Neurological Breathwork and Breath Techniques

Breathing and Your Brain

It is well established that breathing patterns can influence state of mind and neural activity. For example, fast, shallow breathing is associated with anxiety, while slow, deep breathing is associated with relaxation. However, it is less well known that changing one’s breathing pattern can actually lead to changes in the brain.

Brain changes that can occur through changing breathing patterns have been the subject of much recent scientific study. These studies have revealed that there are neural changes that happen when someone switches from normal, everyday breathing to a more deliberate, regulated pattern of breathing. This switch activates a neural loop that includes the pre-Bötzinger complex, an area of the brainstem responsible for breathing rhythm generation.
This complex is important because it helps to control the rate and depth of breathing.

One study found that participants who learned to breathe slowly and deeply (a technique known as “coherent breathing”) showed increases in brain activity in the prefrontal cortex and hippocampus, regions associated with memory and learning. The participants also showed decreases in activity in the amygdala, a region associated with fear and anxiety. These changes were observed after just three minutes of coherent breathing.

These findings suggest that changing one’s breathing pattern can lead to changes in neural activity and perhaps even brain structure. This has implications for a wide range of conditions, from anxiety disorders to chronic pain. It may even be possible to use breath work to enhance cognitive performance and protect against age-related mental decline.

Breath is a life-given gift. At Boundless Breath US We know the brain areas and neural pathways responsible for respiration. How illnesses, traumatic experiences, among other things, can alter these pathways. Teaching our community how to use breath along with activation or inhibition of different brain structures can help people move from chronic sympathetic stress states to healing parasympathetic states.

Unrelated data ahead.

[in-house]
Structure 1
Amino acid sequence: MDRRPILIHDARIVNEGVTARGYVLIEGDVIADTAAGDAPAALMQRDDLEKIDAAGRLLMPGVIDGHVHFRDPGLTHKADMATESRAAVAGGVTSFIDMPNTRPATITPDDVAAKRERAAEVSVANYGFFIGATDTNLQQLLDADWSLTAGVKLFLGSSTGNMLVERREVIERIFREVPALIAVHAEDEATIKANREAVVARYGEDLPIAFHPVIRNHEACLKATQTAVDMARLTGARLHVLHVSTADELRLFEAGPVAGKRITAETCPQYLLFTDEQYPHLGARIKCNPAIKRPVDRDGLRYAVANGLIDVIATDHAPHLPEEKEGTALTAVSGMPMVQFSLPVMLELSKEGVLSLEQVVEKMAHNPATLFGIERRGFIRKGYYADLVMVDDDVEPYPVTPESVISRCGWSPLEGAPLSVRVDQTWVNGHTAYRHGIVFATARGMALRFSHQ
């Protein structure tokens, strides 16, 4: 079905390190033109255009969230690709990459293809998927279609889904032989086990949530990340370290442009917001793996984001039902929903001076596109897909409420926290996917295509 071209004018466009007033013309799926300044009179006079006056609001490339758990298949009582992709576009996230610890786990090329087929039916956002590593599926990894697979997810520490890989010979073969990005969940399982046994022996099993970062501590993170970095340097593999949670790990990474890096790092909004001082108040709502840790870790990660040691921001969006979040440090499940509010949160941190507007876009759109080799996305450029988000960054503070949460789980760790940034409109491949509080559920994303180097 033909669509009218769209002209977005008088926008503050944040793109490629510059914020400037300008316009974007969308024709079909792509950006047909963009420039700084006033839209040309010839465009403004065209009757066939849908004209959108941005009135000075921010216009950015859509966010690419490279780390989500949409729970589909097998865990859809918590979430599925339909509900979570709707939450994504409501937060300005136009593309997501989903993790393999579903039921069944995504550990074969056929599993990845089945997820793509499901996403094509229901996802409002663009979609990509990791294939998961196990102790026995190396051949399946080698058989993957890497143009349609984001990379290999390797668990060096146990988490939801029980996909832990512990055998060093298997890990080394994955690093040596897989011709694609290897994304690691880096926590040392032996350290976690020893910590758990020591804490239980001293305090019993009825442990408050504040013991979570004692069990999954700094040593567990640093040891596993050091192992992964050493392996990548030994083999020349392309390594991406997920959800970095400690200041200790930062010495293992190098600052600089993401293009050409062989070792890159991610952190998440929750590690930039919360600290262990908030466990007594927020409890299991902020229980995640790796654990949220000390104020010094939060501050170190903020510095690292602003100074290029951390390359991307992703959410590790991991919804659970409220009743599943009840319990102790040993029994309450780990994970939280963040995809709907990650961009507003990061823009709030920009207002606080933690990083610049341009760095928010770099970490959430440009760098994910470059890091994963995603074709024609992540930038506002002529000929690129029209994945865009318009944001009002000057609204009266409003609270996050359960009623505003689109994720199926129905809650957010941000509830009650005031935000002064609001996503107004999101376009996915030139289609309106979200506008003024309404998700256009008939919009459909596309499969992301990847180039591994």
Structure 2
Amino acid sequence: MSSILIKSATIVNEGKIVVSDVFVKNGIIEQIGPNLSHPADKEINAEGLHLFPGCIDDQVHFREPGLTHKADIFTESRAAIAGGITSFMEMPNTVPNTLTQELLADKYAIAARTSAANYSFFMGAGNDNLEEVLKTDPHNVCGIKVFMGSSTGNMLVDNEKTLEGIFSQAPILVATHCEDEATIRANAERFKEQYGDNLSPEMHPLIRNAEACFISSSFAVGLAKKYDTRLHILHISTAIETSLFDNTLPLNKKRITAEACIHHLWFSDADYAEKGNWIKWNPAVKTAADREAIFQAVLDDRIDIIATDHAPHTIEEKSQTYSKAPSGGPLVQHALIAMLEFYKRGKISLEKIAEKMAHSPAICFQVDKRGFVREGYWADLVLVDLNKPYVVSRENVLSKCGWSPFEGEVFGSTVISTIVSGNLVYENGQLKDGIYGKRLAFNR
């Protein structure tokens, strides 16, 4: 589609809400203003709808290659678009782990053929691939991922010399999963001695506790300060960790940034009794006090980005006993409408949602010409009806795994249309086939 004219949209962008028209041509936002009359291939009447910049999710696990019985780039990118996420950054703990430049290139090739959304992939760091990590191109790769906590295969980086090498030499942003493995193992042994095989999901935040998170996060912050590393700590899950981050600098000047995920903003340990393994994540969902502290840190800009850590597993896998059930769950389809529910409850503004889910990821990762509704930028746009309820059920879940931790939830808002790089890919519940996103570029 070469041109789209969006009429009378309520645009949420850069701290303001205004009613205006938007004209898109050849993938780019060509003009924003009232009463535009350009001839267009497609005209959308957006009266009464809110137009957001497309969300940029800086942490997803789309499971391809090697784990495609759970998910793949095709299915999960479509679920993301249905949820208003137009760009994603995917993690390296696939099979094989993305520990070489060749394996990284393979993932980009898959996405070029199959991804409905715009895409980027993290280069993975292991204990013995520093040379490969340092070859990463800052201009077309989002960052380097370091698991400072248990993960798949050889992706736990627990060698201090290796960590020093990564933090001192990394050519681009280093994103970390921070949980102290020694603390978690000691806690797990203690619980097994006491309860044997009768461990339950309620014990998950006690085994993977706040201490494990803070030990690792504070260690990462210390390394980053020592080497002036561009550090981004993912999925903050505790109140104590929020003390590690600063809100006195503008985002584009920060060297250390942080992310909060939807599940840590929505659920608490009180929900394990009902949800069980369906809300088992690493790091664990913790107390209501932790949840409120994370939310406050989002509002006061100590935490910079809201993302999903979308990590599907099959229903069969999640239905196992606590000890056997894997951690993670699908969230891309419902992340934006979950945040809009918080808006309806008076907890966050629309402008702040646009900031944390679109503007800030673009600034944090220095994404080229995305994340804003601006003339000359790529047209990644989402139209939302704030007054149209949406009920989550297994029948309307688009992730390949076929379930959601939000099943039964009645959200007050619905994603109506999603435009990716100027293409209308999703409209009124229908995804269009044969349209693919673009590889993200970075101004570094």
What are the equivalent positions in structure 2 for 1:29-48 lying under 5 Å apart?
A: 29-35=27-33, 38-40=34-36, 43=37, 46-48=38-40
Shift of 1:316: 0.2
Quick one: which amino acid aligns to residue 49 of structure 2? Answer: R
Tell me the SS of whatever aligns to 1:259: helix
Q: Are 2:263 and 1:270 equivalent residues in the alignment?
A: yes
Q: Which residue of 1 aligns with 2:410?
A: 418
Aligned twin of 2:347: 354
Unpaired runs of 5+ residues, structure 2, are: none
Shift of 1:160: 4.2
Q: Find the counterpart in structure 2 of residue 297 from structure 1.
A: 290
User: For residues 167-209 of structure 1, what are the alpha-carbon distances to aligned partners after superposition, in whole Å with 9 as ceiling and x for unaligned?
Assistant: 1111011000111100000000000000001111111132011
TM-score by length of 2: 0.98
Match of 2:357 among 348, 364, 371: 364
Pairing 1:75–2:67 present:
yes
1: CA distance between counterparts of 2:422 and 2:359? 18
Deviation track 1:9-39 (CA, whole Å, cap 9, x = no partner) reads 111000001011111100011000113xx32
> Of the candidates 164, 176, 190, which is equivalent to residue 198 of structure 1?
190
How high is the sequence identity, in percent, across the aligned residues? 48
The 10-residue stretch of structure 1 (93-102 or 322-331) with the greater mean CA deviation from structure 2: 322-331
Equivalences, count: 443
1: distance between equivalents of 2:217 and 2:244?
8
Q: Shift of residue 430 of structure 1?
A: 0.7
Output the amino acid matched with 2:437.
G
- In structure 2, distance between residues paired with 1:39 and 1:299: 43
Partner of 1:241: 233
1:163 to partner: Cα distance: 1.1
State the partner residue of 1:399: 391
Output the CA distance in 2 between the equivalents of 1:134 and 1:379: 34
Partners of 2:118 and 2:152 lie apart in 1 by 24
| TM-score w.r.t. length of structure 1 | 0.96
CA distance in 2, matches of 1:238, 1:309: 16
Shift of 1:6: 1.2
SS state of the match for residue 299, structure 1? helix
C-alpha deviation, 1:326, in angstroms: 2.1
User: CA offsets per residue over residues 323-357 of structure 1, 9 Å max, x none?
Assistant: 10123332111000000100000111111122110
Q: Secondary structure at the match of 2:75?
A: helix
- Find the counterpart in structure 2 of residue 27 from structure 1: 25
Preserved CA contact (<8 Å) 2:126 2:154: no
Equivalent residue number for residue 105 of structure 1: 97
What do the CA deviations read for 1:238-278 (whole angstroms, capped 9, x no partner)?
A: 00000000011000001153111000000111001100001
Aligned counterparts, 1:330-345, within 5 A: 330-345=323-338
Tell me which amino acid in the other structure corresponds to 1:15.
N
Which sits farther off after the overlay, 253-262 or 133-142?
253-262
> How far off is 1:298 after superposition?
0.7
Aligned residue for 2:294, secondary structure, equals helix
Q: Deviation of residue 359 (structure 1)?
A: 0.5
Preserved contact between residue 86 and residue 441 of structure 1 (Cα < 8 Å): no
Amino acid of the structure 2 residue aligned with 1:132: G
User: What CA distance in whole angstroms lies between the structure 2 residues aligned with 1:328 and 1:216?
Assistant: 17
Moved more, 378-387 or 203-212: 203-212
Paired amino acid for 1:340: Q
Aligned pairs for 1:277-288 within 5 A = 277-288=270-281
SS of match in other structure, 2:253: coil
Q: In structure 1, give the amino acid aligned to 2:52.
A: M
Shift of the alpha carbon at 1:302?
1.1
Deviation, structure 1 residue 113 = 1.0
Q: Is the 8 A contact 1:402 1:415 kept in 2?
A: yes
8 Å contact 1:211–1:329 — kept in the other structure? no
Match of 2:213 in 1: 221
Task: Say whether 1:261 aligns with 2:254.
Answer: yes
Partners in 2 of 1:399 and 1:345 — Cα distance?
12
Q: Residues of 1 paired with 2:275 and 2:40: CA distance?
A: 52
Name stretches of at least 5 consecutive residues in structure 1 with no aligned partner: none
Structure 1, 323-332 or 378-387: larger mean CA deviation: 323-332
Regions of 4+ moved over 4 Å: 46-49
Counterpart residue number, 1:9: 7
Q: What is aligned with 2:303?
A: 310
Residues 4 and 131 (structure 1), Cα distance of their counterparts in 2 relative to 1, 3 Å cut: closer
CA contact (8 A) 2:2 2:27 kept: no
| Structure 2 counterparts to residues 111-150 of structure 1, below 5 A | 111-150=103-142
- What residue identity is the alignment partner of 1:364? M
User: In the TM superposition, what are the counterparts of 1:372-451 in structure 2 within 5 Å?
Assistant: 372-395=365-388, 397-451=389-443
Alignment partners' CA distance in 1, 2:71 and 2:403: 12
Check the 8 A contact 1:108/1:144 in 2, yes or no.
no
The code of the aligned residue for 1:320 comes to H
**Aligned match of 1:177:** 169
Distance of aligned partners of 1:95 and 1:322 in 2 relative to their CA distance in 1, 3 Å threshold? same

There are various types of breathing techniques that can be utilized in my breathwork programs, each with its unique benefits. Here are some examples:

Exhalation-based practices: Breathing techniques that emphasize extended exhales, such as the 4-7-8 breath (inhale for 4 counts, hold for 7 counts, exhale for 8 counts), can activate the parasympathetic nervous system, which is responsible for the body’s relaxation response. These practices can help reduce anxiety, stress, and tension, and promote a sense of calmness and tranquility. Extended exhales are also known to slow down the heart rate and lower blood pressure, making them beneficial for improving sleep quality and managing stress-related conditions.

Inhalation practices (e.g. Wim Hof Method): Inhalation-based breathing practices such as the Wim Hof Method involve intentionally taking in deep, rapid breaths, followed by breath holds. These practices can help increase oxygen intake, raise energy levels, and promote a sense of invigoration. They are believed to stimulate the sympathetic nervous system, leading to increased alertness, improved circulation, and enhanced physical performance.

Buteyko practices: The Buteyko Method is a type of breathing technique that focuses on reducing air volume and optimizing respiration. It emphasizes nasal breathing, gentle breath holds, and reducing excessive breathing patterns. Buteyko practices aim to improve carbon dioxide tolerance, increase oxygen utilization, and restore optimal breathing patterns. Benefits may include improved respiratory function, reduced chronic hyperventilation, better oxygenation of tissues, and reduced symptoms of respiratory conditions such as asthma.

Breath holds: This technique involves intentionally holding the breath for a brief period of time, either after inhaling or exhaling. Breath holds can increase lung capacity, improve oxygen utilization, and activate the relaxation response.

Diaphragmatic breathing: Also known as belly breathing or deep breathing, this technique involves consciously inhaling deeply and fully utilizing the diaphragm, which is a dome-shaped muscle located below the lungs. Diaphragmatic breathing helps to increase oxygen intake, activate the relaxation response, reduce stress, and promote calmness and mental clarity.

Coherence breathing: Coherence breathing techniques involve rhythmic and balanced inhales and exhales, typically at a slower pace, to create a state of physiological coherence, where the body’s systems are in sync and functioning harmoniously. This can result in reduced stress, improved emotional regulation, and enhanced mental and physical well-being. Coherence breathing practices are often used in heart rate variability (HRV) training, which has been linked to improved cardiovascular health, better stress resilience, and enhanced cognitive function.

It’s important to note that the benefits of these breathing techniques may vary from person to person, and it’s essential to practice them mindfully and under the guidance of a qualified instructor or practitioner, particularly if you have any underlying health conditions. Proper technique, duration, and frequency of practice should be

We aim to enlighten and guide our community in harnessing the power of their own healing through breathing.